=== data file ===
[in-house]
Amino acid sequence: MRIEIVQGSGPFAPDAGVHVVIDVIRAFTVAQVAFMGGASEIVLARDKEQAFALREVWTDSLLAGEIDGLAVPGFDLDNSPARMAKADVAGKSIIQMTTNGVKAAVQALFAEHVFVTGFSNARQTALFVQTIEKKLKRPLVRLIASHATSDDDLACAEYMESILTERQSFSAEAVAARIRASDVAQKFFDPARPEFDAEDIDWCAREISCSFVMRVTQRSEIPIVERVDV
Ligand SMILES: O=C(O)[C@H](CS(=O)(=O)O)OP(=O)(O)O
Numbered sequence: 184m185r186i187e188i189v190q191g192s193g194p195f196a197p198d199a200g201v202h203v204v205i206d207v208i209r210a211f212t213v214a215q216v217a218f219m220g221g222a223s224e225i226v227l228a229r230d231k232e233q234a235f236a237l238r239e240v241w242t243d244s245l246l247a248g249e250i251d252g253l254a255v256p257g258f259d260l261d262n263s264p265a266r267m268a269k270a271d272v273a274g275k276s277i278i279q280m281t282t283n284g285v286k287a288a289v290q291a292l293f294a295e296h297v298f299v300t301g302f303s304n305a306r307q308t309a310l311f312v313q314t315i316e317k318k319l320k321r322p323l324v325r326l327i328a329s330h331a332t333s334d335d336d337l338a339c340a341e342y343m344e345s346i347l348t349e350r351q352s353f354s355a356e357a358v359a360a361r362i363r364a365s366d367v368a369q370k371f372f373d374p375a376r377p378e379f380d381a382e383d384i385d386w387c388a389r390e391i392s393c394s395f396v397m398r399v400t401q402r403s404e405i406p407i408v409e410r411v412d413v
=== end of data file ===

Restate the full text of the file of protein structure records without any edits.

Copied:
[in-house]
Amino acid sequence: MRIEIVQGSGPFAPDAGVHVVIDVIRAFTVAQVAFMGGASEIVLARDKEQAFALREVWTDSLLAGEIDGLAVPGFDLDNSPARMAKADVAGKSIIQMTTNGVKAAVQALFAEHVFVTGFSNARQTALFVQTIEKKLKRPLVRLIASHATSDDDLACAEYMESILTERQSFSAEAVAARIRASDVAQKFFDPARPEFDAEDIDWCAREISCSFVMRVTQRSEIPIVERVDV
Ligand SMILES: O=C(O)[C@H](CS(=O)(=O)O)OP(=O)(O)O
Numbered sequence: 184m185r186i187e188i189v190q191g192s193g194p195f196a197p198d199a200g201v202h203v204v205i206d207v208i209r210a211f212t213v214a215q216v217a218f219m220g221g222a223s224e225i226v227l228a229r230d231k232e233q234a235f236a237l238r239e240v241w242t243d244s245l246l247a248g249e250i251d252g253l254a255v256p257g258f259d260l261d262n263s264p265a266r267m268a269k270a271d272v273a274g275k276s277i278i279q280m281t282t283n284g285v286k287a288a289v290q291a292l293f294a295e296h297v298f299v300t301g302f303s304n305a306r307q308t309a310l311f312v313q314t315i316e317k318k319l320k321r322p323l324v325r326l327i328a329s330h331a332t333s334d335d336d337l338a339c340a341e342y343m344e345s346i347l348t349e350r351q352s353f354s355a356e357a358v359a360a361r362i363r364a365s366d367v368a369q370k371f372f373d374p375a376r377p378e379f380d381a382e383d384i385d386w387c388a389r390e391i392s393c394s395f396v397m398r399v400t401q402r403s404e405i406p407i408v409e410r411v412d413v